The Los Angeles district announced a temporary solution this week in which teachers can use Zoom if an entire class is out or livestream their lessons if just a few students are out.
But that was after Kathy Meza’s fourth-grader Matthew missed seven days of learning. He was quarantined on the first day of school, Aug. 16, and she said she never received any communication from teachers.
“He was not getting any homework. He was basically home doing nothing,” said Meza. He was like, ‘When I go back to school, everything will be new for me.’”
Even though Los Angeles leaders responded to concerns from parents, others in the state are still waiting for answers. When Bobbie Lambert’s daughter Krystal, a student in the San Juan Unified School District, near Sacramento, was quarantined, her junior ROTC teacher was the only one to upload any assignments onto Google Classroom.
Jenny Hontz, spokeswoman for advocacy group Speak Up, said she doesn’t expect the legislature or Newsom, who is facing a Sept. 14 recall, to make any changes regarding remote learning until after the vote.
“The governor doesn’t want to do anything that looks like we’re going back to Zoom school, but that’s standing in the way of common sense,” she said. The state has been criticized for delaying school reopening in the spring, and “now they’ve overcorrected,” she said. The California Department of Education did not respond to requests for comment on this story.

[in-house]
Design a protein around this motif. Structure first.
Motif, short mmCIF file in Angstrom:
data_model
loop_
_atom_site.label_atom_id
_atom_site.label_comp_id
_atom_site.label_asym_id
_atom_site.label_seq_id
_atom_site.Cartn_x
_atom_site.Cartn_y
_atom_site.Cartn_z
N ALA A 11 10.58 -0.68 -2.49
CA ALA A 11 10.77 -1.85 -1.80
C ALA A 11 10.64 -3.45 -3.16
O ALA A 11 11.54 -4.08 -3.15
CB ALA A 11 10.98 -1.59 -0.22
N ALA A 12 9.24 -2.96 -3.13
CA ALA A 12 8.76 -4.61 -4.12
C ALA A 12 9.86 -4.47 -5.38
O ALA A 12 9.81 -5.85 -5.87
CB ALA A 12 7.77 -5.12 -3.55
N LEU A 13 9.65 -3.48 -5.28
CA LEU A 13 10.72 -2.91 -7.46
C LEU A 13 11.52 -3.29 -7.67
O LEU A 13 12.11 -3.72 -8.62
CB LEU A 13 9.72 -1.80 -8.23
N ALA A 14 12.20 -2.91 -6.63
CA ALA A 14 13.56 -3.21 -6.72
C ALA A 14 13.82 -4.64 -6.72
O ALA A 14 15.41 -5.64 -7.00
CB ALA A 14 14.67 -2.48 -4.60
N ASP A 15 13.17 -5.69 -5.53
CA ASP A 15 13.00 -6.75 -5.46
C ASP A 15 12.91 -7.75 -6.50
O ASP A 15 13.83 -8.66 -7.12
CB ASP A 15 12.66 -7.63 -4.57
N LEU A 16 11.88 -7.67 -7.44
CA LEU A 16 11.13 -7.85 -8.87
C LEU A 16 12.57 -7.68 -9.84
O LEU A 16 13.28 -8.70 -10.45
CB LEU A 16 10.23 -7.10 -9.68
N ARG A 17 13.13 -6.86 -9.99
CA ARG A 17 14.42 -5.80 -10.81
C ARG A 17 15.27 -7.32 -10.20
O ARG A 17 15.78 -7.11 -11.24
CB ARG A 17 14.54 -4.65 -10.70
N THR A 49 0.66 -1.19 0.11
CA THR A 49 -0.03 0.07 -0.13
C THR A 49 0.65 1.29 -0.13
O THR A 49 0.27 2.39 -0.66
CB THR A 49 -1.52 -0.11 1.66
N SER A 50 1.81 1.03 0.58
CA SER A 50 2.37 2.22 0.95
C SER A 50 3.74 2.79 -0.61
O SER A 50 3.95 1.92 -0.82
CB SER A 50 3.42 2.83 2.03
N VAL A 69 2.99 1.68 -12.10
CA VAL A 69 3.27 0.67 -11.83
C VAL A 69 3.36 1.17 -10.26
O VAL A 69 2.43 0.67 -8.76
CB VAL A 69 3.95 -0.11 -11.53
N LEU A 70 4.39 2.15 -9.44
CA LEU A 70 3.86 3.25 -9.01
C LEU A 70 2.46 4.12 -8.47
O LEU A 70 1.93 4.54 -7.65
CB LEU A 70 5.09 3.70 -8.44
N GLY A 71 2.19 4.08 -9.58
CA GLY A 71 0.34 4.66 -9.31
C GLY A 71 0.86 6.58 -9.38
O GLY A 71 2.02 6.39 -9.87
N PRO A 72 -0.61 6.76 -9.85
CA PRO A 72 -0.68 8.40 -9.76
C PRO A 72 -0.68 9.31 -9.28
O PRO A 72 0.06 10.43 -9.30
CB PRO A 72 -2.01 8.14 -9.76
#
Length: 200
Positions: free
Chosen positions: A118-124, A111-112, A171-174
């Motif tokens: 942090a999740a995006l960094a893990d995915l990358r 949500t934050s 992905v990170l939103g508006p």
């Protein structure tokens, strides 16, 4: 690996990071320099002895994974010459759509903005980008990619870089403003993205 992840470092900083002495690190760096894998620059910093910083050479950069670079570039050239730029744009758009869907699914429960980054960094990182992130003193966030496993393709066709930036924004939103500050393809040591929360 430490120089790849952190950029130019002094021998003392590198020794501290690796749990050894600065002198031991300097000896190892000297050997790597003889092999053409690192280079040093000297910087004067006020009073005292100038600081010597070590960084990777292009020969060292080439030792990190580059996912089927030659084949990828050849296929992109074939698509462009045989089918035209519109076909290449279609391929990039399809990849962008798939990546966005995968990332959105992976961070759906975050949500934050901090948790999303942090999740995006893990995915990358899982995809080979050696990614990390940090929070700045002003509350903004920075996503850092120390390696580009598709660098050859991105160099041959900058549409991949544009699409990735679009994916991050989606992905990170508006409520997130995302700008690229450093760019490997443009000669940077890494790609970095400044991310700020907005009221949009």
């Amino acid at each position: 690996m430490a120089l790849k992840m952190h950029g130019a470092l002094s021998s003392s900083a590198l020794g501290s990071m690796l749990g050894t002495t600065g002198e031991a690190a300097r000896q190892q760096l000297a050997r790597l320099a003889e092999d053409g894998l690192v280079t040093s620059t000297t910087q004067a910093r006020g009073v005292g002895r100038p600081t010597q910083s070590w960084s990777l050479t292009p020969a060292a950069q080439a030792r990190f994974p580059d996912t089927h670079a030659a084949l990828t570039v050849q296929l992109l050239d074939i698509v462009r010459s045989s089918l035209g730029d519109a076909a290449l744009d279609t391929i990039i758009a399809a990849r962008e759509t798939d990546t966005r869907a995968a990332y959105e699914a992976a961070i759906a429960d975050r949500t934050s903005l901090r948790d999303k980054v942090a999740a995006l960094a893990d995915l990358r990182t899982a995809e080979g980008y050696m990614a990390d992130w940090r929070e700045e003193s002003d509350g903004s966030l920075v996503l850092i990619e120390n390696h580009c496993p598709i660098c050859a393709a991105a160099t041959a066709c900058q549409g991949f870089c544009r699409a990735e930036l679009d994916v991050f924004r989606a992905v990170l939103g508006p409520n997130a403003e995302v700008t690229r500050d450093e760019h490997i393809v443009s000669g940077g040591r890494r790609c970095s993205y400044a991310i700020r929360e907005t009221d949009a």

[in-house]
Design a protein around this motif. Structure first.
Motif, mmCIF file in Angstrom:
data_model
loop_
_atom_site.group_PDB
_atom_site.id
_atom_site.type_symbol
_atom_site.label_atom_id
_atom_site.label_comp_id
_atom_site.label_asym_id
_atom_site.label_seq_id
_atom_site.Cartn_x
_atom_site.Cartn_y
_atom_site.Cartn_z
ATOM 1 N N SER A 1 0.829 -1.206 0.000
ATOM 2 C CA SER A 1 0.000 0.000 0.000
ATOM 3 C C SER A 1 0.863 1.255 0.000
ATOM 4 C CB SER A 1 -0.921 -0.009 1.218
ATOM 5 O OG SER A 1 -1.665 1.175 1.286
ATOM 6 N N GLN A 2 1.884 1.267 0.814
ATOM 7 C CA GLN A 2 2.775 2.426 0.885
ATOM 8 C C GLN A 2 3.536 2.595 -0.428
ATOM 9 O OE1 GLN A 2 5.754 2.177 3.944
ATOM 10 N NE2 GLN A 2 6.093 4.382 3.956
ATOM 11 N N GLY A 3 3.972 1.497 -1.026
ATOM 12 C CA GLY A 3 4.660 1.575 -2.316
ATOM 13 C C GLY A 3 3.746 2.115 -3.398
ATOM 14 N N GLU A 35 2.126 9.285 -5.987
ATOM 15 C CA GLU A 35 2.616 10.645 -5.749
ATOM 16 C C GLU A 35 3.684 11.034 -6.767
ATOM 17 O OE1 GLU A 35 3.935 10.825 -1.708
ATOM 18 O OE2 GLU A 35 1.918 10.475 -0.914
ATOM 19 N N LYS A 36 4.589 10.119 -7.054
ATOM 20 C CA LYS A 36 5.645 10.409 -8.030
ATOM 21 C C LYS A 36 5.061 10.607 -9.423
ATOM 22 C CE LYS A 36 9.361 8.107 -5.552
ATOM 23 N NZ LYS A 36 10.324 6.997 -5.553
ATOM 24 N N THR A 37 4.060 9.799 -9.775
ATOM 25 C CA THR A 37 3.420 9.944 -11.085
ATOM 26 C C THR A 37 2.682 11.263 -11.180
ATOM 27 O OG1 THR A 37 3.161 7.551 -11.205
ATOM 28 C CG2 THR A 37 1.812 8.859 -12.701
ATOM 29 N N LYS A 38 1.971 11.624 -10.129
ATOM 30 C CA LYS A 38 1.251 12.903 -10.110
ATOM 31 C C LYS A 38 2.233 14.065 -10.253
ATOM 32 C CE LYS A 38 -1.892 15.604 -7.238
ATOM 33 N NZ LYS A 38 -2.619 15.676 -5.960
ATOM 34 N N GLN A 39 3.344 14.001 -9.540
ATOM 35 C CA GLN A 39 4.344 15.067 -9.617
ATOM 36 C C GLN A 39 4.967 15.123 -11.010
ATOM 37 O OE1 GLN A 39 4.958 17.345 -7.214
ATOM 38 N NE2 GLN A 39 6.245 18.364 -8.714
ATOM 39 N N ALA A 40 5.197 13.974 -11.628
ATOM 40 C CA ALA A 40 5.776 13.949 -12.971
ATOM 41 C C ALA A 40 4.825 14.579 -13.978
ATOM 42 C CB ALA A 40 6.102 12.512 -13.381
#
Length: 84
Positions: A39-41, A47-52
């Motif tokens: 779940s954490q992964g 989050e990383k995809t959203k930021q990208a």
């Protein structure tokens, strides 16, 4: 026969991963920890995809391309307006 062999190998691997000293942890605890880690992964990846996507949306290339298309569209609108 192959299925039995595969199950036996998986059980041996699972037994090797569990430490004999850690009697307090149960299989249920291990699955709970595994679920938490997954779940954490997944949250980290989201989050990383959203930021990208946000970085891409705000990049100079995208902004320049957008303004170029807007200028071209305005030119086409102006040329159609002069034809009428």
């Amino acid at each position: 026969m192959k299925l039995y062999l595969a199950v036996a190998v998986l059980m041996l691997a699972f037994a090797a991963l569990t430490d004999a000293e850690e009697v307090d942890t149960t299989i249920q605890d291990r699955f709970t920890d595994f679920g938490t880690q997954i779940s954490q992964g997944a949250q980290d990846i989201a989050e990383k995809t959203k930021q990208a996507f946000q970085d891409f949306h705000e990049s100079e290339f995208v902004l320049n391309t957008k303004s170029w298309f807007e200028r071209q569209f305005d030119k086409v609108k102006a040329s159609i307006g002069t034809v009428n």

Echoing complaints about uneven access to remote learning last year, some observers say students in Los Angeles’s lower-income communities — where case rates are higher and vaccination rates are lower — will likely miss more school because they’ll have to quarantine more often.
“It’s going to be such an equity issue,” said Hannah Gravette, regional vice president in Los Angeles for Innovate Public Schools. “There needs to be some other access to classrooms, even if you’re just watching what the teacher is doing.”
One complication in many districts, however, is that the laptops students were assigned last year have now been returned to school. That’s the case in the Hillsborough County Public Schools in Florida, where nearly 10,000 students are in quarantine. The district last week approved a $2.6 million contract with an online tutoring service that students can access around the clock.
But there’s a hitch: In many ways, schools in the Tampa area are facing the same remote learning challenges they did when schools first closed in 2020. Some don’t have internet access. Others only connect on their phones, and some parents can’t pick up paper copies of lessons at school because they’ve tested positive for COVID-19. Even if a student has a computer, teachers aren’t required to teach over Zoom due to an agreement with the local teacher’s union, said spokeswoman Erin Maloney.